Aliens: The Official Movie Novelization by Alan Dean Foster
Genre: Science fiction
Series: Alien #2
Publisher: Titan Books (April 2014)
(Originally published by Warner Books, 1986)
Author Info: alandeanfoster.com
Wendy’s Rating: 5 of 5 stars
Aliens is one of my favourite movies so this book had a lot to live up to, with the potential to utterly fail me. As you can see from those five stars, it did just fiiiine. I’m trying to read more novelizations, which means Alan Dean Foster is going to appear often on my list. I should never have doubted him. He is skilled at capturing every element that makes me love the movies, with the added bonus of the inner monologues and varied perspectives that this format grants. My only complaint stems from the latter. The book opens with an unusual perspective: that of Jones, Ripley’s cat. The peek into the predatory animal’s mind serves as a chilling reflection of what might be going through the heads of the story’s deadly protagonists, the xenomorphs, who are the only living beings whose point of view we don’t get to see. After starting the book with Jones’ perspective and having interjections of the amusing things that only cats are capable of, I found myself wishing that Jones had played a bigger role in the film, rather than being left behind in the safety of Earth (though I’m sure Jones would disagree).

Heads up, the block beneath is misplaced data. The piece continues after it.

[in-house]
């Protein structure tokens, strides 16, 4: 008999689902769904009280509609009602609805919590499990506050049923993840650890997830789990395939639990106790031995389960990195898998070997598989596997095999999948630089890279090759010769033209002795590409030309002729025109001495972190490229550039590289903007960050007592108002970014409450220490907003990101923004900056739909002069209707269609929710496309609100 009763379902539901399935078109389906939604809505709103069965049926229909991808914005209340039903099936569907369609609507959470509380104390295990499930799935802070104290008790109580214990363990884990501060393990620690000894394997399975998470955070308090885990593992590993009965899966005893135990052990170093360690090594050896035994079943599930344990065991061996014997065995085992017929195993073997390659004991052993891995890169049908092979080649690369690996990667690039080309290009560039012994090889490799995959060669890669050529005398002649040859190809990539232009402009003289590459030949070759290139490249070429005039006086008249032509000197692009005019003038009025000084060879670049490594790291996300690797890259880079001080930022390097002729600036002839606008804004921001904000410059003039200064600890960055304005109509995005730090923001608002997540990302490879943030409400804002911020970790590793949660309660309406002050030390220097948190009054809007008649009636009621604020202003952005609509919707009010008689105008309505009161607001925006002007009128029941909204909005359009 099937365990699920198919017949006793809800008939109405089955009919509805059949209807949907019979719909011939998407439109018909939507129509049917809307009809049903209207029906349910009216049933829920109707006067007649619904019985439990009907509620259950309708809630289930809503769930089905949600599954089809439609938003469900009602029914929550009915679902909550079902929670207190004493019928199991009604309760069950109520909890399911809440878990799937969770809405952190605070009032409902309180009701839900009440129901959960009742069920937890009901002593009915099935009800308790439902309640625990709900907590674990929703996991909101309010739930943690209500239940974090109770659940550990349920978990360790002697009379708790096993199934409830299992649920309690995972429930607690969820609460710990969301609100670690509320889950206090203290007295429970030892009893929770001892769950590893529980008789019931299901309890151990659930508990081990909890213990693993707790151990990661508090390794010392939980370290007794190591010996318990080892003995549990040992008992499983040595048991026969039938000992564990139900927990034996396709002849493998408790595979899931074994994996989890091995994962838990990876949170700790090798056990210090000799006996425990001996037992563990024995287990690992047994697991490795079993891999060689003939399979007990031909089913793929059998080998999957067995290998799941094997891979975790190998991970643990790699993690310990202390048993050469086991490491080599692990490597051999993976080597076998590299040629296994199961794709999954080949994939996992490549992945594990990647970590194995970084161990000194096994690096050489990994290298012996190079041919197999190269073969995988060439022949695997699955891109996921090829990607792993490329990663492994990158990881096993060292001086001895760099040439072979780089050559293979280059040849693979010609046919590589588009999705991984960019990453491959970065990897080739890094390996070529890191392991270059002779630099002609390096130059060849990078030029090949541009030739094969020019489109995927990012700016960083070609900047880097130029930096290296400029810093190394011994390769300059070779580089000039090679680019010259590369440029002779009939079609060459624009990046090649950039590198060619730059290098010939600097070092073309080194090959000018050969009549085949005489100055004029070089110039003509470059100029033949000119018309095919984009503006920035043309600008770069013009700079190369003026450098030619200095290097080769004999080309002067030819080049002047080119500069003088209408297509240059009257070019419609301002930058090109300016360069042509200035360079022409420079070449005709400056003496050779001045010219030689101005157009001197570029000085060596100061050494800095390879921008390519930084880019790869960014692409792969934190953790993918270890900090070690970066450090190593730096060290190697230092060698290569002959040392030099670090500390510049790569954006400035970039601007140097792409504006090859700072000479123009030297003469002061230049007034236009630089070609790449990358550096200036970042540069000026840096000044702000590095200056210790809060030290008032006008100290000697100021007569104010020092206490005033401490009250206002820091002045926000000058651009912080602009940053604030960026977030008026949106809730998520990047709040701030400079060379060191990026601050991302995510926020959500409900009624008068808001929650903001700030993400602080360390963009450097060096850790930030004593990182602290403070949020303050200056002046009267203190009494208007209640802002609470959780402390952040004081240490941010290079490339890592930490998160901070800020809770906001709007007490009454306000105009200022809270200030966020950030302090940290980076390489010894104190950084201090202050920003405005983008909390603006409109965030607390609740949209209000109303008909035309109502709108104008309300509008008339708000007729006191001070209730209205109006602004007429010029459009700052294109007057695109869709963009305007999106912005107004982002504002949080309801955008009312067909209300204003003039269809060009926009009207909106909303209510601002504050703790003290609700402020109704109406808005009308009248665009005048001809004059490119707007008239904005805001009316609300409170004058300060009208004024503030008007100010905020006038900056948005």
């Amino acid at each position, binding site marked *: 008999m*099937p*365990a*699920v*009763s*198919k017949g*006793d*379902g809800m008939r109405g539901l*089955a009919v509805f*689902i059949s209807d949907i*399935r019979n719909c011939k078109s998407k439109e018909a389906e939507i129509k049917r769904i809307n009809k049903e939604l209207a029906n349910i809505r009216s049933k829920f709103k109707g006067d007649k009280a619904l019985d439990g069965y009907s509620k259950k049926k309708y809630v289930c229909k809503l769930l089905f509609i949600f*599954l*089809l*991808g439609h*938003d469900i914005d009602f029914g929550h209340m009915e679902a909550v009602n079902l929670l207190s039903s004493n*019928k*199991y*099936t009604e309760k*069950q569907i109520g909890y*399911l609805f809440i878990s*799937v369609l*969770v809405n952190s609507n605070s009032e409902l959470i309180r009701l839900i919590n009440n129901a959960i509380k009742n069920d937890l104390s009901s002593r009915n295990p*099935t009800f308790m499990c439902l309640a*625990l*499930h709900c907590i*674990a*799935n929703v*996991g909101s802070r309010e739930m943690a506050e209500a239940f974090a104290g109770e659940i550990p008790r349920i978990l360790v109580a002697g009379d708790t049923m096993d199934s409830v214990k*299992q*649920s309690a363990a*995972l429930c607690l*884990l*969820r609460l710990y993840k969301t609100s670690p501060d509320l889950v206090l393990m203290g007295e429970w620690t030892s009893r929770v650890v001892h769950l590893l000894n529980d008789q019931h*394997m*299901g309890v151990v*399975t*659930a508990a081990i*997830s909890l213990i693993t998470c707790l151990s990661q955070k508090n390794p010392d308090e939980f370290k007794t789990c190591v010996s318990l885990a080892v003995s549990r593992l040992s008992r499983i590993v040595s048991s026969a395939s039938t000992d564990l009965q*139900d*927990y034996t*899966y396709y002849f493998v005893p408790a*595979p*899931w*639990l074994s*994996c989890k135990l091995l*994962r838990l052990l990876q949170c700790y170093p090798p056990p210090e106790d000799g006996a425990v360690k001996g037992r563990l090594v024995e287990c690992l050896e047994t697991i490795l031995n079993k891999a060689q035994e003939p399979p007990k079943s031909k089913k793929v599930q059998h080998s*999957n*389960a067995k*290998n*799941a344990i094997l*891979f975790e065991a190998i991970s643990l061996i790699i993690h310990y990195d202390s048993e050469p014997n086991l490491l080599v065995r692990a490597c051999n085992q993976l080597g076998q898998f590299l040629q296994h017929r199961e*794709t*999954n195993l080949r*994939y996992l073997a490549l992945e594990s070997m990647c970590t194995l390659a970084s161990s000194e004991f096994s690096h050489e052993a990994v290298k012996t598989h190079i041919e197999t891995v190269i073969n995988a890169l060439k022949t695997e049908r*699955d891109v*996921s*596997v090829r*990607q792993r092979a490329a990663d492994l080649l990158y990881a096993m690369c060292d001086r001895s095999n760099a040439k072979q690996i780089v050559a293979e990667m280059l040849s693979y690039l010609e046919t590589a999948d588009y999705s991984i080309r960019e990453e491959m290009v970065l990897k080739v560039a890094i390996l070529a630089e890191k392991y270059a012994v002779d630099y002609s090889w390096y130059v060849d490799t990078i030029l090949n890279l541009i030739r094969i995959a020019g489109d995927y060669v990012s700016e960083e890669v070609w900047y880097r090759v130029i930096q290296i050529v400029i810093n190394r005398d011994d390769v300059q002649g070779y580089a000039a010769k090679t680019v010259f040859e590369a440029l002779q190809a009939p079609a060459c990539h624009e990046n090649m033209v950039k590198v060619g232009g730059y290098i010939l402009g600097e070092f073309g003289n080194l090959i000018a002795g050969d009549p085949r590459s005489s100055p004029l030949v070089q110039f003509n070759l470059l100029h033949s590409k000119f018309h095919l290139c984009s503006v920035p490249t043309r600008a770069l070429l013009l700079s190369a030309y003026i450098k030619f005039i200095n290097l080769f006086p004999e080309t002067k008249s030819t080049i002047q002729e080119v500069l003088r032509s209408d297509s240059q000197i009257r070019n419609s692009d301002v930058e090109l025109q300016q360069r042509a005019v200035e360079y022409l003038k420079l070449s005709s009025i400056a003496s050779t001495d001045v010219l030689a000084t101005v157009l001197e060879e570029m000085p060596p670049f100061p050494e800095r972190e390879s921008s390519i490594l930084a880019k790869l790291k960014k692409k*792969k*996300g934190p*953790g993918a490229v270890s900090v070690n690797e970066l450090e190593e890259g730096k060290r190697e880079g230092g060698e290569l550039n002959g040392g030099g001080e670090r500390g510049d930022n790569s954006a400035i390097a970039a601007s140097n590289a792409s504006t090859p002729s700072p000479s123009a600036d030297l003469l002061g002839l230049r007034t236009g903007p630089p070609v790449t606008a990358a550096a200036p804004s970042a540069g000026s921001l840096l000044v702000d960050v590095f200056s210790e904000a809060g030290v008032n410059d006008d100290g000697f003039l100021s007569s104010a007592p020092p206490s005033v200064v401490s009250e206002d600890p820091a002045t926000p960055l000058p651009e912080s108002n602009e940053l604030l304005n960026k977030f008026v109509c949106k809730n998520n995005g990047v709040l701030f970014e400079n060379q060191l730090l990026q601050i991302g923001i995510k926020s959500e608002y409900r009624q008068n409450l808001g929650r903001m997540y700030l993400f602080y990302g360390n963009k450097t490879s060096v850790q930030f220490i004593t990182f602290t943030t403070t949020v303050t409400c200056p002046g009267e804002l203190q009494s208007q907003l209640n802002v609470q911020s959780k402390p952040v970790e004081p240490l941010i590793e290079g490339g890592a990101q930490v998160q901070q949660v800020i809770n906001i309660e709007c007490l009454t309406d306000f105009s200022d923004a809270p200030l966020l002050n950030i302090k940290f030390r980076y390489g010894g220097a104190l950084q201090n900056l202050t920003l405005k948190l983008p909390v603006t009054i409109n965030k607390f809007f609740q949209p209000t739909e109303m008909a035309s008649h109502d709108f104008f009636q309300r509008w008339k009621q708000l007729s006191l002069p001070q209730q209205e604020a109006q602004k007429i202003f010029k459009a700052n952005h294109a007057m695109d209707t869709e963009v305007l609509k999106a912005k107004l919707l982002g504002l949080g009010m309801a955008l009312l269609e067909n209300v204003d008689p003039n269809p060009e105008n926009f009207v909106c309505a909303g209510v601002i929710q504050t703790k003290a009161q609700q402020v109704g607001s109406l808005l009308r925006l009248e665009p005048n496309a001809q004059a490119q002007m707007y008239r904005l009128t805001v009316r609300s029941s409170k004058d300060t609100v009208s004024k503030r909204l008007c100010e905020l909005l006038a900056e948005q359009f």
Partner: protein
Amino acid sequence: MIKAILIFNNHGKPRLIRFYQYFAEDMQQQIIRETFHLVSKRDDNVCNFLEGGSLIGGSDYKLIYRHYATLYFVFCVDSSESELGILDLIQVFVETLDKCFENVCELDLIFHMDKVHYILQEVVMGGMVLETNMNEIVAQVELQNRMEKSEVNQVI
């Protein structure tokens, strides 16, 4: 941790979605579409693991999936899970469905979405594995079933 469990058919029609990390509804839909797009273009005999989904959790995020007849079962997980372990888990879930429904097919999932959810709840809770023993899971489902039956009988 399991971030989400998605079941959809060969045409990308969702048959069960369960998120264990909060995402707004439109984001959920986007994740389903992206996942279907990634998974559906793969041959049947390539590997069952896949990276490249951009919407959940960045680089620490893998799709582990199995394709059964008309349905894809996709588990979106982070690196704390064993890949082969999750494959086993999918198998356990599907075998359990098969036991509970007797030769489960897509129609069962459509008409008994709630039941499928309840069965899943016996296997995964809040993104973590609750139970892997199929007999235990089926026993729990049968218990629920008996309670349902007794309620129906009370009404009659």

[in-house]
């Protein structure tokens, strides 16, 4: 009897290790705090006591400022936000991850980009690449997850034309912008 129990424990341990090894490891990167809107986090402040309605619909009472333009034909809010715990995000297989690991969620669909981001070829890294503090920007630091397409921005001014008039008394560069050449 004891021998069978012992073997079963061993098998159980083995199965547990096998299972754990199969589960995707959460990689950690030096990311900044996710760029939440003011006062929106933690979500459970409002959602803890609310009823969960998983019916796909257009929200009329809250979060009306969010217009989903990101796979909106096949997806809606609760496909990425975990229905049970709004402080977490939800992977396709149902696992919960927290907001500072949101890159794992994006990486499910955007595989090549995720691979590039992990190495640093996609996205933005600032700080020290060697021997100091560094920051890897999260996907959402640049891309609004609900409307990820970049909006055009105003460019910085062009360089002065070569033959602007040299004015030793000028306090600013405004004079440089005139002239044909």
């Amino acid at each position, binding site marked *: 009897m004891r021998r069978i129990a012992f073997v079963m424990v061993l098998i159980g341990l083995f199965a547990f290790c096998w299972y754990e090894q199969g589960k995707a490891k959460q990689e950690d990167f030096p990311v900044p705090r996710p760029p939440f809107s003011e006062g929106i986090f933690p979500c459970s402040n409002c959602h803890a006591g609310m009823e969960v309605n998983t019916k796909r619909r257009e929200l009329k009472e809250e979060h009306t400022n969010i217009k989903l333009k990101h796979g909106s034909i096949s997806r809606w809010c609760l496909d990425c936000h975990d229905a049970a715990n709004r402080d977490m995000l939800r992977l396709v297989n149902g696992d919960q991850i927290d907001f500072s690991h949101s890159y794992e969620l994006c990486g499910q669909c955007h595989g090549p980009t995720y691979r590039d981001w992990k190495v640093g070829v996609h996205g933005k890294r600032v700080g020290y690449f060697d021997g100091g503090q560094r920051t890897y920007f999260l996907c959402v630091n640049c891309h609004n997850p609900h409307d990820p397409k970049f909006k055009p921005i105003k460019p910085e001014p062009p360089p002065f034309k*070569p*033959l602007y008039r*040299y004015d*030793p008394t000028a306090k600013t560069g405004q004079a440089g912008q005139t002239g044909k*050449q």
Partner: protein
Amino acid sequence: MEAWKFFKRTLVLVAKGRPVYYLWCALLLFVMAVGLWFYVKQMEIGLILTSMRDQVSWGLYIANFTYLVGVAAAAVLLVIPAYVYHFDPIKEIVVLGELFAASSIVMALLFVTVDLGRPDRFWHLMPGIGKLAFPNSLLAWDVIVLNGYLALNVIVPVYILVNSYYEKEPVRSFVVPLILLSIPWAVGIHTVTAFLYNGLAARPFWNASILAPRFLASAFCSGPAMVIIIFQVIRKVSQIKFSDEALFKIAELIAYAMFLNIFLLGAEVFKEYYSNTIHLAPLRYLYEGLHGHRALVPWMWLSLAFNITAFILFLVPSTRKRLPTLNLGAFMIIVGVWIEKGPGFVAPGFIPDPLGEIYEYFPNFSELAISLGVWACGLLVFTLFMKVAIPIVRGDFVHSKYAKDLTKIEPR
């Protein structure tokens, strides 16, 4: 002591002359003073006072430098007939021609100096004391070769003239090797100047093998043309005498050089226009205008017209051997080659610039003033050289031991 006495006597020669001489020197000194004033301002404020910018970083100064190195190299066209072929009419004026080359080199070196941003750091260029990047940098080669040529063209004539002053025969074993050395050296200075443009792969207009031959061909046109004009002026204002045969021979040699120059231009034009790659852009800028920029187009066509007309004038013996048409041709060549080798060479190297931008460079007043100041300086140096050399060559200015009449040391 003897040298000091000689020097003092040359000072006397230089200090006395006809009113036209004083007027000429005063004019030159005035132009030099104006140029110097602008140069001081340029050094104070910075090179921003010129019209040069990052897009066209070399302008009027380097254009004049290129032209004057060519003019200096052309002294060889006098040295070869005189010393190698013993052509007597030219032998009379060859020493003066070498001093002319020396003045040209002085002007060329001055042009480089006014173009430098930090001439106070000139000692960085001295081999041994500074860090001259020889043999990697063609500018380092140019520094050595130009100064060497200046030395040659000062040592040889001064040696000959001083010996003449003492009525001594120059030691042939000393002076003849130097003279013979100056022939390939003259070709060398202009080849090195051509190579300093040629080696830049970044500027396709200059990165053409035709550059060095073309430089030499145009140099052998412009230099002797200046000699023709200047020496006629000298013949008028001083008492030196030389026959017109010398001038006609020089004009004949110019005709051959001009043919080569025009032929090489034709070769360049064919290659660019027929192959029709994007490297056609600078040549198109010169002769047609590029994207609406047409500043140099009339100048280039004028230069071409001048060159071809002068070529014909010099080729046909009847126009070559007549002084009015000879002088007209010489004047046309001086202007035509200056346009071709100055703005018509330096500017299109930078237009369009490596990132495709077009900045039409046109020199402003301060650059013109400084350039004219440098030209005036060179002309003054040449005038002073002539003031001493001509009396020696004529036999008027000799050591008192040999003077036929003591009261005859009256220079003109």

Aliens is the James Cameron sequel to Ridley Scott’s Alien. Both are stellar films that work tension and survival in different ways. In Aliens, the stakes are higher with more aliens versus highly skilled marines. Surely humanity shall prevail, right? Foster’s words lend weight to the already formidable force we see in the film.
Vasquez, Frost, Spunkmeier, my beloved Hicks, and even Hudson become even more real for me in this book thanks to the little details about their individual roles, their almost hive mind-like communication when the shit hits the fan, their camaraderie, even Bishop, the synthetic, gets to shine with a brilliant sense of humour from a machine that perhaps understands humans better than it should. The slimy Burke becomes even more detestable with additional dialogue and inner thoughts that ensure that no one will ever not look forward to his comeuppance.
No, wait! I have one more complaint. Foster’s digs right into the emotions of Ripley and also Newt, the little girl who survived the horror only to be cruelly stolen from me, along with Hicks, at the beginning of Alien3. Reading about the three of them here hurt my heart in a way that can only be resolved by writing fanfic (or reading the Dark Horse comic that has since been redacted) where Newt and Hicks survive the landing on the prison planet and continue on with Ripley, ripping apart those damn aliens like the happy family they were meant to be, waiting patiently for the arrival of Alien 5.
Oh oh and also, while the movie is R-rated, the book notably avoids naughty words. So I’ll just leave this here to make up for the loss. Say it with me now…